The par 3 17th is a great long par 3 which proves very challenging in the wind. The green is two tiered and presents a great challenge.
Finally the 18th is a classic Cape hole the doglegs from left to right along a fairway running slightly above the beach. It’s a classic cut off all that you can chew finishing hole with a tee shot that I found very intimidating. The approach is to a very undulated green with a false front and a front left bunker.
Cape Wickham is one of the hottest new courses in the world. It comes highly recommended and a visit will certainly not disappoint as long as the wind behaves and allows for a playable experience.
The property at Cape Wickham was the number one choice on King Island for golf developers. Mike deVries, with input from Darius Oliver, serve golfers from the same menu by launching into the dramatic coastal holes. The fairways are generous and the fun is endless. Play it on a typical windy day and you’ll certainly have your hands full. On both nines, there are holes with forced carries off the tee, which won’t suit every level of player as this makes a number of holes unplayable due to the strong winds. This was my main issue with the course. The course and coastline are so beautiful, that you need to play here multiple times just so you can concentrate on the architecture. After the mind-blowing opening stretch, the course begins to move inland with plenty of raised greens and wonderful contours. Cape Wickham will overload your imagination like nowhere else, as it’s a guessing game as to how the ball will react once it lands.
Holes 9 through 12 are the best stretch, despite how good the opening introductory holes are. The 9th is a double-dogleg par five to a perched green, the 10th is straight downhill to an ocean-side green, 11th is a mind-blowing par three playing over the rugged coastline and the 12th is a short cape hole that wraps along a cliff-edge to an exposed green. You have to see it to believe it. I travel the world to see golf like this.
I first became aware of Cape Wickham while playing with to be architect Mike De Vries at his Kingsley Club when he told me he had just returned from a site visit to a place that would produce one if the most spectacular courses on the planet . At that point the job was not his but when he did indeed get the job he kept me informed with progress pictures as the project came to fruition.
In collaboration with Darius Oliver they finally got the job completed despite weather problems and environmental concerns regarding native birds.
When I got the chance to spend three days there some six months prior to the opening I jumped at the chance and in the company of Duncan Andrews the owner marveled at what had been constructed.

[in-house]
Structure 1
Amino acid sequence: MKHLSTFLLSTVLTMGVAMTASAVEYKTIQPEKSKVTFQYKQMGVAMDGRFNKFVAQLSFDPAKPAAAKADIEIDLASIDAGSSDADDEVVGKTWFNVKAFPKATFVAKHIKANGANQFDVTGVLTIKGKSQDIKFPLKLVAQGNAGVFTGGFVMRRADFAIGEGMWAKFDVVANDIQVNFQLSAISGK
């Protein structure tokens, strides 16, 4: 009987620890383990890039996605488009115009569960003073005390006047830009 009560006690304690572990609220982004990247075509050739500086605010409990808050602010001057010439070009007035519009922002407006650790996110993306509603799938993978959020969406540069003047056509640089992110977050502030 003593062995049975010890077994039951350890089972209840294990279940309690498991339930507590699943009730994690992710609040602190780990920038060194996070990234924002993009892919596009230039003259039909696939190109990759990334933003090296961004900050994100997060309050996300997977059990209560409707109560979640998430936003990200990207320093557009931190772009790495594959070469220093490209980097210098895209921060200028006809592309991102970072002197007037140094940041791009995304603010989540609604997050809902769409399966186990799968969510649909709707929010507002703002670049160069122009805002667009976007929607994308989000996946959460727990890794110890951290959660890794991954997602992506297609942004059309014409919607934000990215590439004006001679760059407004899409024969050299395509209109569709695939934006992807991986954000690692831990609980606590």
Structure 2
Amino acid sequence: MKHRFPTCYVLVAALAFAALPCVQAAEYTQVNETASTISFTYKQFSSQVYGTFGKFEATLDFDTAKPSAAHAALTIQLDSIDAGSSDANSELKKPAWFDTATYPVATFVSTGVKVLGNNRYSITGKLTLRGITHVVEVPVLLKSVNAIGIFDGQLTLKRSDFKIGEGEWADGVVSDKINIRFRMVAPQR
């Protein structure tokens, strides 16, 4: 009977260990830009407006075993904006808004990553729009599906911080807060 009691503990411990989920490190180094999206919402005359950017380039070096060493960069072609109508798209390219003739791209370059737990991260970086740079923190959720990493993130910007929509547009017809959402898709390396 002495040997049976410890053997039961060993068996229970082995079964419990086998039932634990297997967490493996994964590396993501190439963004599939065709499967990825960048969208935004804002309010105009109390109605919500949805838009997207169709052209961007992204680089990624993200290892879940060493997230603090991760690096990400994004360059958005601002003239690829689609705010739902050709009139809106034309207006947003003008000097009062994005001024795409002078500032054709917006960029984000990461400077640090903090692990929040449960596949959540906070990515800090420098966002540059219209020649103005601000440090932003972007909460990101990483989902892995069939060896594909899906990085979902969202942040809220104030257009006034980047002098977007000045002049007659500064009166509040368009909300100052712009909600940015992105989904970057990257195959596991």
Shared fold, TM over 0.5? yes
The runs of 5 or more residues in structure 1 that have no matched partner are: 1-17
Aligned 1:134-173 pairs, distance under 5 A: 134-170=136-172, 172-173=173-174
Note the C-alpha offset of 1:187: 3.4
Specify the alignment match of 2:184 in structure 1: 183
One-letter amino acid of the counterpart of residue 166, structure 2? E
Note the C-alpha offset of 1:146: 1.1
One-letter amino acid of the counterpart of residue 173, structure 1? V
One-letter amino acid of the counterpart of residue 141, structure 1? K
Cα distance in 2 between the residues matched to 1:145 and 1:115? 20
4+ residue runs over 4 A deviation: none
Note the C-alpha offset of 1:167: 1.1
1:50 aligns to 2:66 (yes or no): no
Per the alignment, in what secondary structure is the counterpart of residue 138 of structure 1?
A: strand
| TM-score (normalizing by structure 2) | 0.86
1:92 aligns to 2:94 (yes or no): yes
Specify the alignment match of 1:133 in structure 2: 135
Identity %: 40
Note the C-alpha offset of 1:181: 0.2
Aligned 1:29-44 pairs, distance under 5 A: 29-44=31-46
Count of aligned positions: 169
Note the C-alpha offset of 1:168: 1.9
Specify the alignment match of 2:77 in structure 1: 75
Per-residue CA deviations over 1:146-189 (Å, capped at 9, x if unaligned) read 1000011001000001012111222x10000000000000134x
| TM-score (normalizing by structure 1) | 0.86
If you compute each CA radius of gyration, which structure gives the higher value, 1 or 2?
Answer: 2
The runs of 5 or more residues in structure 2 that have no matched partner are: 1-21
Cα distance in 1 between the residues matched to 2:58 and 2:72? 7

Various other posters have discussed the sheer beauty of the site and as spectacular as it is, the course routing is the highlight of the golf course.
After four jaw droppingly scenic opening holes with the sights,smells and sounds of the Ocean accompanying the superb golf holes , the course turns inland.
This is routing brilliance, it takes one away from the stunning scenery to give the golfer a break knowing what is still in store.
Without the turn from the coastline what comes later may not have been as much appreciated.
That been said the quality of golf is in no way compromised by the move inland.
The superb five par sixth hole for instance is the first of two par fives that have green sites leaving me marveling at the architects vision, with superb use of natural dunes to create partial blindness to several pin placements unless the lay up is optimally placed.
The three par seventh reminds me of the finest links courses of the U.K. with the green nestled in between two dunes ala Royal Birkdale perhaps, but even that doesn't do it justice this is Cape Wickham and it deserves to be beyond comparison, so my apologies.
Everybody needs to take the walk to the back tee of number eight, it could be the most intimidating tee shot I have ever seen, a slight glimpse of the fairway is barely visible over dunes, native grasses and in golfing terms nothing good for your score!!!....superb .
The ninth another par five is breathtaking in its brilliance a towering dune guards the front right of the green, a small green with very little margin for error on the approach.
The tenth returns to the sea allowing the player to walk to the ridge crest and before you sits a breathtaking view of green and coastline, in a similar manner to number six at New South Wales.
I could go on forever, but fear I may lose you reading this, suffice it to say a series of coastline hugging holes in the most spectacular golfing scenery anywhere comes to a volcanic head for holes 16-18.
Sixteen has what must be one of the most demanding approach shots in golf to its cliff hugging edge, punishing any degree of errant heroic shot, but like all the holes at Cape Wickham it is playable by any level of player with open approaches allowing the running game to flourish, should the atrial route be viewed as too intimidating.